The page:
Yesterday we started looking at Hophni and Phinehas’s behaviour with the women who served at the entrance of the Tent of Meeting. Was it sexual assault? The strong power imbalance made consent unlikely. If you missed it, you can read about it here. Hophni and Phinehas...
Today we start a series looking at Eli, and his two sons, Hophni and Phinehas.
When we read 1 and 2 Samuel, and look for what it has to say to us about abuse, we are flooded with stories and examples. This makes sense because what we now categorise broadly as abuse is a grouping of different harmful or toxic behaviours: different sins.
When we slow down and look at what is happening in Hannah’s relationships, it becomes clear how much she is suffering. But what about other people in her family? We know kids are vulnerable to domestic violence. Just watching it makes them victims of child abuse....
How can I be a friend to someone in need? The psalmist wrote:
May he give you the desire of your heart
and make all your plans succeed.
One of the most difficult challenges for a victim of abuse is to be believed. Even by their friends. Abusers play on it and often use tactics to perpetrate further abuse through other people. These third parties are colloquially known as “flying monkeys”, reminiscent of the servants of the Wicked Witch of the West. Some might be only too glad to join in on hurting someone, but many will be innocent and unaware of the way they are being used.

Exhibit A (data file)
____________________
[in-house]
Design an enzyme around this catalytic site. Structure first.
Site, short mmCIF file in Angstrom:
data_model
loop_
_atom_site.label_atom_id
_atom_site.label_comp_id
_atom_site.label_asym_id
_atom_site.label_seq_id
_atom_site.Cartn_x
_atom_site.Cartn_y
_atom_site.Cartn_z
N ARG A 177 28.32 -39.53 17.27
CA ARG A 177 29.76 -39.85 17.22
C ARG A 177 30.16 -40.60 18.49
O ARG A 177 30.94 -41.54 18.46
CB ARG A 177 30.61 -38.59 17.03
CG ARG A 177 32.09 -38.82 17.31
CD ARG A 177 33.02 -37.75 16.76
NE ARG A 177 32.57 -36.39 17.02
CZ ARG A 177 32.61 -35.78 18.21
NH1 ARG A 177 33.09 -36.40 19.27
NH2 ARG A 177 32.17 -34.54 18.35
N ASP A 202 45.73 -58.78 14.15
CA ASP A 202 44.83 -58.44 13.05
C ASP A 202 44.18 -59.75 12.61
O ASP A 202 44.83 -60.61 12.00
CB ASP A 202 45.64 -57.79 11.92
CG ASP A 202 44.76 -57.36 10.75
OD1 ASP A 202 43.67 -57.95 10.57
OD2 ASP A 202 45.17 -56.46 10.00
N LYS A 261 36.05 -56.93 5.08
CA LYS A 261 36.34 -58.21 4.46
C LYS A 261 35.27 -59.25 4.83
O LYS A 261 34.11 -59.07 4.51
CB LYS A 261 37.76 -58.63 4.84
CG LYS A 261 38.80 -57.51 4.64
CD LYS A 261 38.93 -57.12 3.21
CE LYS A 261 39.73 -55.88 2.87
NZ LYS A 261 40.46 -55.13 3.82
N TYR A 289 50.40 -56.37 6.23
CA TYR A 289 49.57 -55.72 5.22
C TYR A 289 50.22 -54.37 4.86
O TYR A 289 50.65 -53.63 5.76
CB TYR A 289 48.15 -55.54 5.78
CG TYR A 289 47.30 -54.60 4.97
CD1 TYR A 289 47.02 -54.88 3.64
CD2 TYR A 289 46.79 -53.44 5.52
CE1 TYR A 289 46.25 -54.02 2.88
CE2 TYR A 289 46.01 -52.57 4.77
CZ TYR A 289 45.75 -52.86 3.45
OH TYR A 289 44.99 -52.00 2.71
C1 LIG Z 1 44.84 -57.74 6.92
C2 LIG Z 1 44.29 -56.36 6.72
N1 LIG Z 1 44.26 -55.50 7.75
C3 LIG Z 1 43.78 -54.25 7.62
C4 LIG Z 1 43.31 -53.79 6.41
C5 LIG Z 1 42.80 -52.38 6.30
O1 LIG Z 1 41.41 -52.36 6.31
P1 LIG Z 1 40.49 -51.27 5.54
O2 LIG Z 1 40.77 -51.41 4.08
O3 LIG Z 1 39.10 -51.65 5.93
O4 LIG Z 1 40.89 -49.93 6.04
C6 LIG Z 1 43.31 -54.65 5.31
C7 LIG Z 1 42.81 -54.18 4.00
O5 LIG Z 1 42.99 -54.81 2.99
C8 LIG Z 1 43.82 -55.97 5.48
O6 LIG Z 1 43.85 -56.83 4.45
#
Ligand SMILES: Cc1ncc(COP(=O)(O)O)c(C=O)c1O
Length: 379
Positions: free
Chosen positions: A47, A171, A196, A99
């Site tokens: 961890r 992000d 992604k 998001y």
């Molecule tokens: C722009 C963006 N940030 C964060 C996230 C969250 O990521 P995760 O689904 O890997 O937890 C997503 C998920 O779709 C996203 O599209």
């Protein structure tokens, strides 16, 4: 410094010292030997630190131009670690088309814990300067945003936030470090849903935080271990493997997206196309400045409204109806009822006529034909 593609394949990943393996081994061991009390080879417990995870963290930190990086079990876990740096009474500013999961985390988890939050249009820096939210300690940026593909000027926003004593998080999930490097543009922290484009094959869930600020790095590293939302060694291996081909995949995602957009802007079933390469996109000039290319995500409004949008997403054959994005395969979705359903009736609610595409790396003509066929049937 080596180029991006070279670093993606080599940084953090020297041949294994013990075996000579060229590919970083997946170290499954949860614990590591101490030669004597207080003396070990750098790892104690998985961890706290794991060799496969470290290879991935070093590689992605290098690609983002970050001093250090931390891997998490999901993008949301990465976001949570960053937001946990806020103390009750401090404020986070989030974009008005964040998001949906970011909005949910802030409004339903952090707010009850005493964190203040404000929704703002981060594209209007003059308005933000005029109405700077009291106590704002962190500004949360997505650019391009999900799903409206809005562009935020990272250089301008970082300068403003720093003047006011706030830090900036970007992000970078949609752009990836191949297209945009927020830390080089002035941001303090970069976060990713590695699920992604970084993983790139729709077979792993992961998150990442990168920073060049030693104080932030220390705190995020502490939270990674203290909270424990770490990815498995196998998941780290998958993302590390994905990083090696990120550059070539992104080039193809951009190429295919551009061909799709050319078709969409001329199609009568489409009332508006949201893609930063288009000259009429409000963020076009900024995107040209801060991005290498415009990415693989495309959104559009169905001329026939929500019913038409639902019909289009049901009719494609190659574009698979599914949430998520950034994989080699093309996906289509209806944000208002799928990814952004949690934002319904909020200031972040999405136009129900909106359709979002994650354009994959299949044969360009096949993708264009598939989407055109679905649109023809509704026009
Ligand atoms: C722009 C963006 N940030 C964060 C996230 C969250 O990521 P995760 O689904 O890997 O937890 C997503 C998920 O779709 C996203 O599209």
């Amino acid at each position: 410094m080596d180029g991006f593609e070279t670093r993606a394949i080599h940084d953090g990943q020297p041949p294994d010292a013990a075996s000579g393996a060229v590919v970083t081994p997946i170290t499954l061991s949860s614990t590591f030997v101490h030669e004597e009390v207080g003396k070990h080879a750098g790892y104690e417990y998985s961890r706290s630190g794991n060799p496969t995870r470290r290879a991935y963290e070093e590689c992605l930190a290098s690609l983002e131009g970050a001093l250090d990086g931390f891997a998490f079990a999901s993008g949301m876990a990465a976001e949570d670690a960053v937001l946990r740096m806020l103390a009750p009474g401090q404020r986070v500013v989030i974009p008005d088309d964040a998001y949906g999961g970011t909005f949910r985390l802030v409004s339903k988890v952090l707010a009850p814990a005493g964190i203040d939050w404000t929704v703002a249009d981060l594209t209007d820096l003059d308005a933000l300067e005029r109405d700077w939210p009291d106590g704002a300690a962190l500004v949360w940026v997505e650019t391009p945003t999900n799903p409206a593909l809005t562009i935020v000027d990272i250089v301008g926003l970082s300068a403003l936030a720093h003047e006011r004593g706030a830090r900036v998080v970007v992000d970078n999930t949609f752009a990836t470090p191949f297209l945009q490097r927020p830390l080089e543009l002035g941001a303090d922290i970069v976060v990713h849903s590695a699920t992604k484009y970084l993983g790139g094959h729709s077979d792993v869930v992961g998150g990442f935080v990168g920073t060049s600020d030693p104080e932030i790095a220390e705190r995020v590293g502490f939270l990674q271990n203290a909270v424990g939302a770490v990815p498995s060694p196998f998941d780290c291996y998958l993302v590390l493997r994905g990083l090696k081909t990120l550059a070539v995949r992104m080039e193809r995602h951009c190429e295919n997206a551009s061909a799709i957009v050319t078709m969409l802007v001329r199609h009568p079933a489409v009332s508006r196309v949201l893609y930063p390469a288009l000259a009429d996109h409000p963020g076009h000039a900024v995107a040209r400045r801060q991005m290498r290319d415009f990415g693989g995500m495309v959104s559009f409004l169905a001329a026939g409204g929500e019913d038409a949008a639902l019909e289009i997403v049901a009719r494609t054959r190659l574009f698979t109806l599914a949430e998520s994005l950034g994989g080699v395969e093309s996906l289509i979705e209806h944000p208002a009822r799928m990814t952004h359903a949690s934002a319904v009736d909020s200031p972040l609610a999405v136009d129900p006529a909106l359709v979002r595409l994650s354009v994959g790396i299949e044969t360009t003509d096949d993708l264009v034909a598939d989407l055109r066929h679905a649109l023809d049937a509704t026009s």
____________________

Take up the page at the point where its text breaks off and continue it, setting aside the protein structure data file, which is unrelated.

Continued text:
Abuse is complicated in so many ways. It is completely unsurprising that people find it difficult to deal with. It’s not as “simple” as just dealing with one horrific type of behaviour. A typical abuser might have dozens of types of behaviour that stretch across multiple forms of abuse. Some of the most confusing and difficult to respond to are the apparent “positive” behaviours – behaviours that help the abuser hide and deny the abuse.
We are looking at Psalm 123 as part of our series on the Songs of Ascents.
Abuse is torture. It’s difficult to go into that without raising triggers for people. But in the many different forms of abuse: all are dehumanising. Among the dozens of abusive behaviours a perpetrator is likely to be practised at are many that seek to disrupt a victim’s capacity to know and see clearly.